Tuesday, June 27, 2006

G3N3R4T10N G4P

This week's Maureen Dowd Column, "A Lesson for Parents on 'MySpace Madness'" in the New York Times was a timely call for sanity in the midst of the current MySpace hysteria. Dowd has compared reactions to the media frenzy to the panic about "Reefer Madness" from the heyday of supposedly authoritative black-and-white educational films.

Of course, parents are deluged with enough advice already. When are they supposed to find the time to attend to unseen digital enemies out there in the ether, egged on by their local PTA or by the all-seeing eye of the Virtual Global Taskfore?

This month is Internet Saftety Month. Yippee. It's a holiday that apparently comes twice-a-year because it is also commemorated in April. Corporate giant Microsoft can direct you to isafe.org, where you can buy t-shirts and stuffed companions, like the iBuddy above. Maybe you can persuade your teen to hang out at with the hipsters at X-Block, which boasts its own newspaper and TV station, to complement their creepy distance learning program about the perils of online nastiness, the Virtual Training Academy. Even Hillary Clinton has a media guide for the older generation! Lucky us.

As I've said, I think this whole panic about a widening generation gap is designed to sell Americans their favorite corporate product: fear. Sure, teens have come up with a ring tone that adults can't hear, and they may be complaining about summer camp on their own websites rather than in "Dearest Muddah" letters home from Camp Granada, but the Internet can also offer opportunities to bridge the age divide.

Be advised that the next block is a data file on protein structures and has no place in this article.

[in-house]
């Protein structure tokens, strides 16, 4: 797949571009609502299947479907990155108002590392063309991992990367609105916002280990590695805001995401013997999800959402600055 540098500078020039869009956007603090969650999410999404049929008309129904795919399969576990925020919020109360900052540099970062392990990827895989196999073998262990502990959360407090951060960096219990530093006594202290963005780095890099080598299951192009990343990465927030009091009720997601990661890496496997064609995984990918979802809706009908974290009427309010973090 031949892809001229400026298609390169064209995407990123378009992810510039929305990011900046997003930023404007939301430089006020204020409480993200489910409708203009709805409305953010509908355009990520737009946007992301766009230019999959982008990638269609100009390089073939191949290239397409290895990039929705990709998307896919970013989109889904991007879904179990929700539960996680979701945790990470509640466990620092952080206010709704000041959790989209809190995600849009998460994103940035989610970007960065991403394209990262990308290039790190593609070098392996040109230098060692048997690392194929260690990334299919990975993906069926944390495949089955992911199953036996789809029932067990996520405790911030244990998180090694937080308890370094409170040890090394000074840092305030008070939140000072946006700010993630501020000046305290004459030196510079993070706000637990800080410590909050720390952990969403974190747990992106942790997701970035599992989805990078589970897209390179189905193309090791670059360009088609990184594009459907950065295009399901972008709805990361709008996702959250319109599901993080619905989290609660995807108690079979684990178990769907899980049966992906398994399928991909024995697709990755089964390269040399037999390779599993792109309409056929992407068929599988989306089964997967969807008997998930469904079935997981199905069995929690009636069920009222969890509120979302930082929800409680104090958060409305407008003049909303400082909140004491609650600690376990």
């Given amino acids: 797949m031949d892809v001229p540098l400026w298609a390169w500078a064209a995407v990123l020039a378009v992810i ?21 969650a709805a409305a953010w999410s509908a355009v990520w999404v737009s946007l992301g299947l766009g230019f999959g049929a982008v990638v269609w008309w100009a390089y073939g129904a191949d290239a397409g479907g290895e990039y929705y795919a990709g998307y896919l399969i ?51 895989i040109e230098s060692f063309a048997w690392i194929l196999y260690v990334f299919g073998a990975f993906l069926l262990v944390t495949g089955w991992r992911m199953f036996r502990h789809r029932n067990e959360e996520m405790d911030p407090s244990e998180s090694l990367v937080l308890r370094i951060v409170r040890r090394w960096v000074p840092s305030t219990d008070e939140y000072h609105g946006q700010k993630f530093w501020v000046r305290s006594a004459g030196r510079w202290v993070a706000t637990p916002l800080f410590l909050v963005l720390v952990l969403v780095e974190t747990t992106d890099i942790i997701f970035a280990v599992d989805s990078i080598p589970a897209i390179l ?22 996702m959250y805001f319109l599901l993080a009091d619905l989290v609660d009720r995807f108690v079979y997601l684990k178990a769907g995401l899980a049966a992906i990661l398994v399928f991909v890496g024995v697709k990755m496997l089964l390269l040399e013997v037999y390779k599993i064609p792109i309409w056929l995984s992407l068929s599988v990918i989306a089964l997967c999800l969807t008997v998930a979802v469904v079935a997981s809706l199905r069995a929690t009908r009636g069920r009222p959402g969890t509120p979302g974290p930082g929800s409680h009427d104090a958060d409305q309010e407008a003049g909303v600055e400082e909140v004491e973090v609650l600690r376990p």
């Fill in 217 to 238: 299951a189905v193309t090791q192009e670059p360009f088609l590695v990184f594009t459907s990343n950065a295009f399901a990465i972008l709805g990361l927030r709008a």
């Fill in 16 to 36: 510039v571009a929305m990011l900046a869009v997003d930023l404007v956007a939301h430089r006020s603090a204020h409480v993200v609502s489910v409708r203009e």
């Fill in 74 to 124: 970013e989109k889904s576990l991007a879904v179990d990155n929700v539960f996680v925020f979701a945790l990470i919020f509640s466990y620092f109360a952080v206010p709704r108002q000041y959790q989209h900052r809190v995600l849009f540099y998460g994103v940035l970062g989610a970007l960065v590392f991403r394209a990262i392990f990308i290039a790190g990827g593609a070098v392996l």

File sharing can encourage other kinds of cross-generational sharing. I often show my kids the digital ephemera that I find on the web, and they -- in turn -- share with me links and files that they've discovered, which sometimes appear on this blog.

The Internet also offers opportunities for creative play. Build an elaborate music-making machine from le ciel est bleu or paint a Jackson Pollock-style canvas. Avoid sites from large corporations or culturally conservative political institutions that are pushing more regulation.

Besides, if it is really us-vs-them, the Internet helps parents consolidate their resources as well. For example, the New York Times also recently ran a piece, "The Website of All Mothers," about the online networking efforts of parents in my area. I recognized several locales in Culver City as Mommy hotspots from my own days in a F2F mother's group. (Some of those interactions were later fictionalized in a short story I wrote for the Mississippi Review.)



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